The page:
Louis Freeh, director of the FBI from September 1993 to June 2001, spoke at the 31st South Dakota Law Enforcement Appreciation Dinner and Children's Charity fundraiser last night. The hall was full, my guess is somewhere around 1700 people at the Ramkota in Sioux Falls.

Mr. Freeh gave a short history of the Bureau, told stories about some of his experiences, both as an agent, a lawyer, and a judge. There were some laughs and chuckles. His main message was the importance of cooperation among all agencies, local, state, and federal. and the camaraderie shared. He mentioned how wonderful it was of our Governor to personally visit an injured highway patrol officer in the hospital.(More about Trooper Steen in a moment)

With all of his years in law enforcement, Freeh's most difficult and emotionally trying investigation was the Penn State, Jerry Sandusky, case. "Lives were changed forever," he said.

That comment led into congratulations to the people involved with the Appreciation Dinner and Children's Charity Fundraiser. He spoke of the positive relationship law enforcement officers can have with children, and how the fundraising results will positively affect the lives of many kids. He noted how it can be one thing in a child's life which can show them positive alternative paths to take. Over $25,000 dollars and 550 bicycles were presented to various children's charities.

Two other highlights of the event included a report from Governor Daugaard on Highway Patrolman Andrew Steen, critically injured in an accident a few weeks ago. According to Daugaard,  Steen is out of the induced coma, hears and understands words, was able to shake the Governor's hand. Long applause followed his report.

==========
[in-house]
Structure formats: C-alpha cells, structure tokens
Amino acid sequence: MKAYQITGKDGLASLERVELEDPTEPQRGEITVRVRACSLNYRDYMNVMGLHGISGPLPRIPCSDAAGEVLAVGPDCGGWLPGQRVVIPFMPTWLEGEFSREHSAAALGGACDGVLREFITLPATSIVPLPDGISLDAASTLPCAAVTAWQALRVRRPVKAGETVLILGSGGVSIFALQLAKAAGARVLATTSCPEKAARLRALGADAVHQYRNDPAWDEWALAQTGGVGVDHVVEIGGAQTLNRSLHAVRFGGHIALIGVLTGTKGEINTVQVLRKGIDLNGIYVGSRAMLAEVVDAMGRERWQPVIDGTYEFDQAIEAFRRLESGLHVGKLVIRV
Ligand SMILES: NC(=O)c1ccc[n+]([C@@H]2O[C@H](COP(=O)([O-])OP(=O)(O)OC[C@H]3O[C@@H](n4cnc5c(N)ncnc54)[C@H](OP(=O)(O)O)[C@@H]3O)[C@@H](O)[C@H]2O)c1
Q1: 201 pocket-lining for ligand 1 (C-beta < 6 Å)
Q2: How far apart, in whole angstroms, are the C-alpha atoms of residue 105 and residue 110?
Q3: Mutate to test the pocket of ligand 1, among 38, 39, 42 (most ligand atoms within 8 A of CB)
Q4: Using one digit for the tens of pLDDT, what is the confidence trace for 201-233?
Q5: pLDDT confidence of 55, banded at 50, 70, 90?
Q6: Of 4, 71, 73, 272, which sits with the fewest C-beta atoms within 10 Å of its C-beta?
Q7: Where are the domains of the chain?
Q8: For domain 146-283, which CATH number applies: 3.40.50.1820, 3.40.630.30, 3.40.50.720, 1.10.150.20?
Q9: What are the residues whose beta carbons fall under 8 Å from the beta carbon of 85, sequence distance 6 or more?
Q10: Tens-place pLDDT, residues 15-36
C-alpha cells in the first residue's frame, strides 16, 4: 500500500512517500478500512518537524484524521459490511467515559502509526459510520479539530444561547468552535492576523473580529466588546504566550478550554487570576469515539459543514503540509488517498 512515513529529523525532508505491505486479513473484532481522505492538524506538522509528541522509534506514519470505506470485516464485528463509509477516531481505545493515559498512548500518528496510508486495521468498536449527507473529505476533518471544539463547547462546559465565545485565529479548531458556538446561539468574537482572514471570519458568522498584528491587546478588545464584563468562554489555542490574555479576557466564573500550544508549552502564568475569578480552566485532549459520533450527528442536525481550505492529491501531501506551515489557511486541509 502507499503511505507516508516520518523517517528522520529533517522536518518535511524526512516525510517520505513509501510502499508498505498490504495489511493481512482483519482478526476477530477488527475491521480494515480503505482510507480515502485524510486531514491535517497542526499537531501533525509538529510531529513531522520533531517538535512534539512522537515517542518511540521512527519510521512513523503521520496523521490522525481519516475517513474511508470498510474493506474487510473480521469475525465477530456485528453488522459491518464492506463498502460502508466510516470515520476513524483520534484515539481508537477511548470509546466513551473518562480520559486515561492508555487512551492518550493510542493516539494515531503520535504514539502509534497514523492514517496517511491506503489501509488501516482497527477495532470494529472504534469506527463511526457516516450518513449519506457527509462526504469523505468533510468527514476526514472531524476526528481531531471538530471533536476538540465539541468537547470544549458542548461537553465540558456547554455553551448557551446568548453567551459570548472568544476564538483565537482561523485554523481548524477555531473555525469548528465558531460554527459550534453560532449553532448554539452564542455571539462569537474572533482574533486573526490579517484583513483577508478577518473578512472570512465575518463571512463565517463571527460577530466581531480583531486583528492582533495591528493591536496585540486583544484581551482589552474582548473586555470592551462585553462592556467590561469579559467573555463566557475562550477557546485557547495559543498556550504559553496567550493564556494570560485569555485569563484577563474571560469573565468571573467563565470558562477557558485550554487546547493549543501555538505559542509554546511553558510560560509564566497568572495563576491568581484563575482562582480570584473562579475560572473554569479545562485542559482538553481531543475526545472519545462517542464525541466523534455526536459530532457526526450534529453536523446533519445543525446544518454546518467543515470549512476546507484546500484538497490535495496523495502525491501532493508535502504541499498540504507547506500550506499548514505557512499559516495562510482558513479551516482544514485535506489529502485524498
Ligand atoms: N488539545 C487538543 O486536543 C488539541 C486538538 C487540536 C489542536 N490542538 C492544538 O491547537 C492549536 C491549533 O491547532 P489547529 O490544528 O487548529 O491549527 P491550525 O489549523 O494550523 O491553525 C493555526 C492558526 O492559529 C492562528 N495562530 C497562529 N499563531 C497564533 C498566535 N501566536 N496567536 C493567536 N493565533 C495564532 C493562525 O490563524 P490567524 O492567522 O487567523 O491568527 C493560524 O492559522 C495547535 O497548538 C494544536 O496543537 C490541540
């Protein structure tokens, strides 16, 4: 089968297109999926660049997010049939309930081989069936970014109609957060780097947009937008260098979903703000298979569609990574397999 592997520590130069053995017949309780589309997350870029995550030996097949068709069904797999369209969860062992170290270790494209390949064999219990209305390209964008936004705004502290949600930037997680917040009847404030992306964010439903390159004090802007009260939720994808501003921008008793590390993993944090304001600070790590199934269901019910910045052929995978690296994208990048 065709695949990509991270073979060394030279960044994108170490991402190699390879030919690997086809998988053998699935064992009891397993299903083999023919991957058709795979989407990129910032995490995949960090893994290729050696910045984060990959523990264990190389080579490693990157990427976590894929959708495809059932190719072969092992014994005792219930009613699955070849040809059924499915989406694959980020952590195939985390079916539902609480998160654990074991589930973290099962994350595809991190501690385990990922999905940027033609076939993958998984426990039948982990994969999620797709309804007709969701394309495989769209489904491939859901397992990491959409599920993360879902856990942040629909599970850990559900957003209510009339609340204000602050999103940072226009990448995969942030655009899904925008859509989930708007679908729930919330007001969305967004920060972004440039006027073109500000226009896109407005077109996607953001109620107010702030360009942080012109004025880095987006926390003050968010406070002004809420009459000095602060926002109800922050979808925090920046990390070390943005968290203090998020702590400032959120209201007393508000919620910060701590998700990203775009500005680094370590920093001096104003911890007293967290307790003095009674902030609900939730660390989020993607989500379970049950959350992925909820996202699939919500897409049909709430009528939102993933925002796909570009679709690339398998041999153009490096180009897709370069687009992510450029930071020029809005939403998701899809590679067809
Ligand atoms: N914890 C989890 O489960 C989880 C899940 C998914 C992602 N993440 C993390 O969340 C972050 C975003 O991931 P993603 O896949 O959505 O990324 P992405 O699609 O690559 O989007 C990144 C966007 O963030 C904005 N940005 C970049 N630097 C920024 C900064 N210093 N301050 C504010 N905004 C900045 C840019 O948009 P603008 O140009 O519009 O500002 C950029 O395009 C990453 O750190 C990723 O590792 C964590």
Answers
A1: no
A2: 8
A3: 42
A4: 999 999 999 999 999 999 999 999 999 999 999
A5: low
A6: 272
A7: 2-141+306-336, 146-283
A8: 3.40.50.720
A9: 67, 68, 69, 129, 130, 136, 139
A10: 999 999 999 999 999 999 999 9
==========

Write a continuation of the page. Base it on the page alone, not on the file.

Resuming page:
A new award was created and presented last evening. Former Police Detective Mike Larsen, received the first William J. Janklow Award for the Law Officer of the Year. Det. Larsen connected small pieces of information which ultimately led to the questioning, gaining of DNA, and mud from the pickup truck owned by Donald Moeller,  in the Becky O'Connell murder case.

I have attended this event for many years. Well known and respected people have spoken including former first lady Laura Bush. There is a sense of positive energy in the room. The caring side of law enforcement comes through with the successful fundraising for charity.